War of the Rebellion: Serial 127 Page 1004 CORRESPONDENCE, ETC.

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so long a time, since every day my presence is necessary in connection with the business which I have in hand. I must therefore trust everything to the master of the ship, who is certainly entirely trustworthy and competent, but who cannot feel himself possessed of that complete control of the property that he would if he were a commissioned officer of either the Army or Navy.

The Bahama will be commanded by Mr. Tessier, late master of the Bermuda. It is almost impossible to combine in any one ship the qualities necessary in running into a port of the Confederacy and for crossing the ocean. Vessels having the speed requisite for the former service require so much space for coal as to leave almost no room for cargo, while all the screw steamers, the only class fitted for carrying cargo so great a distance, are quite slow. I am quite at a loss what destination to give to the Bahama. My conviction is that York River is the point for which she should run, but I do not think that the master of the ship will be willing to attempt the blockade, at any rate, and Id to send her to Bermuda or Nassau. I beg to suggest to the Department the importance of everything relating to these shipments being kept entirely secret. From the evidence given in the case of the Stephen Hart, I am confident that, no matter what may be the character of the flag, munitions of war belonging to the Confederate Government will be held by U. S. officers liable to capture, no matter where they may be found. My next shipment of arms I shall endeavor to make by the Havana mail steamer from Southampton. My steps are so narrowly watched by the agents of the United States wherever I may go, and such efforts are made by the numerous U. S. ministers and consuls all over Europe to prevent munitions of war going to the Confederacy, that I am of the opinion that Confederate property will be unsafe on board of any other than a regular mail packet. I adopt every precaution, such, for example, as having everything done by British merchants, but I do not feel that even the property now at sea is safe from capture. If it be asked why I do not insure the cargoes against capture, I have to answer that the rate of insurance is high, and that I do not think that the money would be paid in case of capture, the insurance being entirely illegal. Moreover, it is an undignified position for a Government to occupy, that of paying individuals of another Government to insure its property.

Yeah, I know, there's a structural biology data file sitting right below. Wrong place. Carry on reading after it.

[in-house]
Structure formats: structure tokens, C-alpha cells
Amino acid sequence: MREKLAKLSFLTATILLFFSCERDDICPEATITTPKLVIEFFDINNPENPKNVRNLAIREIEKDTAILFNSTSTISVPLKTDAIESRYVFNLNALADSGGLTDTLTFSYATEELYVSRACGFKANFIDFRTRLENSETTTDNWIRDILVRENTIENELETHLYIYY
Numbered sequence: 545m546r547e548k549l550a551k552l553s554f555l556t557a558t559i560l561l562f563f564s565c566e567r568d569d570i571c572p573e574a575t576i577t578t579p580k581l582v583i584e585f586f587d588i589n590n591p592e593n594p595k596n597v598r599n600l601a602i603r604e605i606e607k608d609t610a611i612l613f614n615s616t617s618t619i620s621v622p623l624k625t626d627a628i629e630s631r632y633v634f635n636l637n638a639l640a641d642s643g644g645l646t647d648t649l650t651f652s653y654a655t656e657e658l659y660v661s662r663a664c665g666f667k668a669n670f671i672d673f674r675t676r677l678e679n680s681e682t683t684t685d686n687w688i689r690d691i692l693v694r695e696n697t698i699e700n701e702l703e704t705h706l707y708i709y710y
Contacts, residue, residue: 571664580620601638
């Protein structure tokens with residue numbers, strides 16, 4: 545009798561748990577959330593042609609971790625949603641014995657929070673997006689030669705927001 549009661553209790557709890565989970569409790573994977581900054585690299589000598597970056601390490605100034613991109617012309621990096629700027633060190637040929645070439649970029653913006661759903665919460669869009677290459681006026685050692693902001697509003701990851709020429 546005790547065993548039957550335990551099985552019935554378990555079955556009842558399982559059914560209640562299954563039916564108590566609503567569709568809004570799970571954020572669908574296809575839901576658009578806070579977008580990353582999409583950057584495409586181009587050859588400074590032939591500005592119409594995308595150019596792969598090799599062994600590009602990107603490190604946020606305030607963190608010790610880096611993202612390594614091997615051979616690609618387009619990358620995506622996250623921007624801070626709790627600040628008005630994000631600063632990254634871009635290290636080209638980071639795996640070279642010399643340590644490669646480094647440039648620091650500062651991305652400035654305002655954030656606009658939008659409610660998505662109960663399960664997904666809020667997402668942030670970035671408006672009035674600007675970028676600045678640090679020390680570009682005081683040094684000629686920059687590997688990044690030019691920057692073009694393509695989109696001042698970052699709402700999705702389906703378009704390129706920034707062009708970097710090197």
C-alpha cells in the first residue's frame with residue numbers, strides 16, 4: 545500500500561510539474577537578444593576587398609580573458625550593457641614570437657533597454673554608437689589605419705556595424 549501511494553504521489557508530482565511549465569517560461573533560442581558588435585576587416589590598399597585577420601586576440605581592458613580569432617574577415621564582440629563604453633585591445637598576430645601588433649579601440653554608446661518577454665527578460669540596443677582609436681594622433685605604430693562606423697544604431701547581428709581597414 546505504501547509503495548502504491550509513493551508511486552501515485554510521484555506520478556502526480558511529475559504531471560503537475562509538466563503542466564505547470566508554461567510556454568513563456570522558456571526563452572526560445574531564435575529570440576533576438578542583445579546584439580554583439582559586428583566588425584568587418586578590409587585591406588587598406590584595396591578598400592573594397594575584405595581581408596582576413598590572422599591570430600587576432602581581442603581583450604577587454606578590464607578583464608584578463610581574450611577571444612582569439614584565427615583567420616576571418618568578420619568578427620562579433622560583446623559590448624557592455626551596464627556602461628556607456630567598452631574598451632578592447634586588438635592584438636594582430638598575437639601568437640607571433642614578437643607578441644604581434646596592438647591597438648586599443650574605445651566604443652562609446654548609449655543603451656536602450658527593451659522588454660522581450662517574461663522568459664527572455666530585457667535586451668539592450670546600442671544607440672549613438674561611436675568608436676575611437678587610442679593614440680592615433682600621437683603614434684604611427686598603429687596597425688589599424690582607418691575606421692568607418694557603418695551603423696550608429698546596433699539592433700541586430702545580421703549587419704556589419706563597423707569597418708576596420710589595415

The last remittance that I received (&80,000) was insufficient to discharge the indebtedness I had incurred. It would be impossible at the present time to obtain anything for the Confederacy on credit, with all the losses in the field its Army has sustained, and I shall therefore be unable to do more than send forward the rifles and accouterments that I have under contract; and, for the want of money, I am obliged to direct the manufacturers to hold back in their deliveries as much as possible. The rifles of the London Armory Company are so greatly superior to all others that I have made an effort to obtain the control ofan make within the next three years. The contract of the company with the British Government is about expiring, and I have requested the managing director not to apply for a renewal of it until I can receive instructions from the War Department, and have also requested him to tender to me a proposal for supplying 50,000. I have not received his formal reply, but it will be in substance as follows: The price to be the same as to the British Government, which I think is 60 shillings, say $15; rifles to be delivered in London, payment on delivery. The sum of &15,000 to be deposited on interest as a penalty to be forfeited in case of non-